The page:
Despite the tough talk from his chancellor, Carmen Farina, De Blasio increased the number of newly-minted teachers granted tenure (from 53 percent in 2014 to 64 percent in 2016), risking the presence of laggards in the classroom for decades. Through his feuding with Cuomo and State Senate Republicans, De Blasio even put the future of mayoral control in doubt.
Having gotten nearly all it wants out of De Blasio, UFT is letting him twist in the wind. This is bad news for a mayor who needs all the help he can get for re-election. But that’s how it usually works in politics. If he loses office next year, the only thing De Blasio will have as a legacy on education policy is the damage done to the futures of Big Apple children under his watch, from subjecting more kids to laggard teachers, to shorting struggling students out of five days of additional learning time during the school year.
Children aren’t the only ones who have lost as a result of De Blasio’s kowtow to UFT. The collective bargaining agreement struck with the union two years ago didn’t require rank-and-file members to contribute more than the 4.5 cents of every dollar put toward their retirements (as of 2013-2014, the latest year available). The low member contributions, along with the salary increases and the decision two years ago to allow 777 teachers to retire early, add to the virtual insolvency of the Teachers Retirement System.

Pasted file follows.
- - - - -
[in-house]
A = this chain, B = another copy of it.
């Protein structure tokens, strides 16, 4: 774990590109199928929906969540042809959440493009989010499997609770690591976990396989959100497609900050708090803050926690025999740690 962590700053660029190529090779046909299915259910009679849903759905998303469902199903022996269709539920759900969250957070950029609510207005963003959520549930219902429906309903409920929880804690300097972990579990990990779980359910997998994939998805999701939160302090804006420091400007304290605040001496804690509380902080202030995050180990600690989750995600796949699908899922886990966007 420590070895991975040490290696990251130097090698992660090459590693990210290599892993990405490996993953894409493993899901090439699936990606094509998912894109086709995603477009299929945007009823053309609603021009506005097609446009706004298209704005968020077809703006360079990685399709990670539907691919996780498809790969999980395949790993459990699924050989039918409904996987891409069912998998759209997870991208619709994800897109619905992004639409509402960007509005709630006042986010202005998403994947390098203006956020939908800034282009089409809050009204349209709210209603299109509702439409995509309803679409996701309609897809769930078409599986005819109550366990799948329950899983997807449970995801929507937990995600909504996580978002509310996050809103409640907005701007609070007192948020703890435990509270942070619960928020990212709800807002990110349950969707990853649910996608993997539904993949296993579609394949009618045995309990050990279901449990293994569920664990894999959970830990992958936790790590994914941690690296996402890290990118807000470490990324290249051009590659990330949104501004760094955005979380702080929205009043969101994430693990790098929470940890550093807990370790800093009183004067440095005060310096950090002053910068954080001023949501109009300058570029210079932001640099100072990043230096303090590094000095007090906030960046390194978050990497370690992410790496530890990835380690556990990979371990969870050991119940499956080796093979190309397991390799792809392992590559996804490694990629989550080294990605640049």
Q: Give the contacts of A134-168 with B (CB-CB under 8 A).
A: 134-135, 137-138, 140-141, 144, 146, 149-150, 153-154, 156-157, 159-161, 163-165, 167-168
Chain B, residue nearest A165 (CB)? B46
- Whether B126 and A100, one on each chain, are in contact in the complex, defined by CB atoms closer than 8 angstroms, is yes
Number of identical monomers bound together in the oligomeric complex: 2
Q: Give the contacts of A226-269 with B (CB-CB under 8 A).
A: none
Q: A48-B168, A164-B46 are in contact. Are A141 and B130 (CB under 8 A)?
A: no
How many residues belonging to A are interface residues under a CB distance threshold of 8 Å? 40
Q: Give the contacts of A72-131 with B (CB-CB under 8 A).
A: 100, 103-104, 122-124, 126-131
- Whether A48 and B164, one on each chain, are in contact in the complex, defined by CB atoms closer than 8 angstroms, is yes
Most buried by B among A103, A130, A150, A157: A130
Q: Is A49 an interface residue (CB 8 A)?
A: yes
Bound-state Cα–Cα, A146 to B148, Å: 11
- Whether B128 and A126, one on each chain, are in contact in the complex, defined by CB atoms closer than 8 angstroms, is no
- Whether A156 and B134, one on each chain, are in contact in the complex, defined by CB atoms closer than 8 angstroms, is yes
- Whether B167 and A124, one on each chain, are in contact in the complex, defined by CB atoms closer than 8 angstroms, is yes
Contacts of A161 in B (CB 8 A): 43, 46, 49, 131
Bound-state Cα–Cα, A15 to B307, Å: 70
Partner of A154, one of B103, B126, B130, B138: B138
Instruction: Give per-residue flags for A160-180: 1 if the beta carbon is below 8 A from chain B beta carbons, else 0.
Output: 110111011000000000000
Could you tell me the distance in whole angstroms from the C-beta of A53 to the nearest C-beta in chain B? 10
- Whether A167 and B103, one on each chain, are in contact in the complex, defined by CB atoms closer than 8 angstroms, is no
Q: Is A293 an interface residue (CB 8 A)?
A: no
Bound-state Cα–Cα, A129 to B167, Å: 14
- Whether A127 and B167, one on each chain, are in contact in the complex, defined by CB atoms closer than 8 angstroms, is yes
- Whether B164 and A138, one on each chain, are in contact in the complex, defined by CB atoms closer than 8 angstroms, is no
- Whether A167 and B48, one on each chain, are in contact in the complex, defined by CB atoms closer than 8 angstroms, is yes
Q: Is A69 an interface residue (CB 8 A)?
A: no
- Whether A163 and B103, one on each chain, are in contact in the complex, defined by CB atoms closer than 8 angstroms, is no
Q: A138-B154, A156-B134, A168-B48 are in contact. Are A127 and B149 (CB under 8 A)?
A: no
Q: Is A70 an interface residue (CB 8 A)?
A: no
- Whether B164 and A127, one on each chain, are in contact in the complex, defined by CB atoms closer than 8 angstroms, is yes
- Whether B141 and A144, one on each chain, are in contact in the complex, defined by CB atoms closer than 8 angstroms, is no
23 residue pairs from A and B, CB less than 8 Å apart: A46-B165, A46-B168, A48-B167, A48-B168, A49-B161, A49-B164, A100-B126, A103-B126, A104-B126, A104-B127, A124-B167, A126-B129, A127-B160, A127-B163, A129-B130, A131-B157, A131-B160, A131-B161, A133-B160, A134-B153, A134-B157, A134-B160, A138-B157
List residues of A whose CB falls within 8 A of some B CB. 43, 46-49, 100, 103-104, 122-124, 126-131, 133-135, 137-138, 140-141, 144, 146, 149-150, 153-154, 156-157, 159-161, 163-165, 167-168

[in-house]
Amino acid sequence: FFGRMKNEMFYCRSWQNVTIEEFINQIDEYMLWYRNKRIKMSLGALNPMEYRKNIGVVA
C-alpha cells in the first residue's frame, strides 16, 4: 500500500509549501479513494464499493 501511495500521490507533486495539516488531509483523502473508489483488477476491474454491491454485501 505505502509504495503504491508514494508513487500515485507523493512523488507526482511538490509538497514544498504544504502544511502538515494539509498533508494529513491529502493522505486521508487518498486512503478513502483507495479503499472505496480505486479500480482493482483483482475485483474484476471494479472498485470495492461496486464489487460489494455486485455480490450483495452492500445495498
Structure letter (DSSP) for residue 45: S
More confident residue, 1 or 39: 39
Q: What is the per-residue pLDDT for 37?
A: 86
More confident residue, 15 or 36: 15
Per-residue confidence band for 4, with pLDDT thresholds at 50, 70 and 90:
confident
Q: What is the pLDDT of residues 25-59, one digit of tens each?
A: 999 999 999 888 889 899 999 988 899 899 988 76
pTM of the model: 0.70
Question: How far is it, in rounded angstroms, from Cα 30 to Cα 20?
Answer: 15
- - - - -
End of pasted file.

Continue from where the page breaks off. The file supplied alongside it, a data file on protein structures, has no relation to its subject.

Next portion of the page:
As a result of De Blasio’s fiscal mismanagement, taxpayers (including the children of today) will bear a burden of at least $38 billion (including unrealized losses of $4.2 billion), according to Dropout Nation‘s analysis of TRS’ finances. [A full analysis of the Big Apple’s education pension woes will run on these pages next week.] Add in the unfunded healthcare costs for retired teachers (which also went unaddressed by De Blasio during his contract negotiations with UFT), and the high costs of the mayor’s star-crossed alliance with the union will loom large in the decades to come.
There’s a high price to be paid for carrying water for AFT locals who profit politically and financially from educational malpractice. Sadly for New York City and its children, Bill De Blasio won’t be the only one paying it.
On the two year anniversary of the murder of Michael Brown by a now-former Ferguson, Mo., police officer that led to the emergence of the Black Lives Matter movement, this rebroadcast of the Dropout Nation Podcast, explains how Black America and reformers should use this strategy as a step toward addressing the education crisis for young black men.
You can listen to the Podcast at RiShawn Biddle Radio or download directly to your mobile or desktop device. Also, subscribe to the podcast series, and embed this podcast on your site. It is also available on iTunes, Blubrry, Stitcher, and PodBean.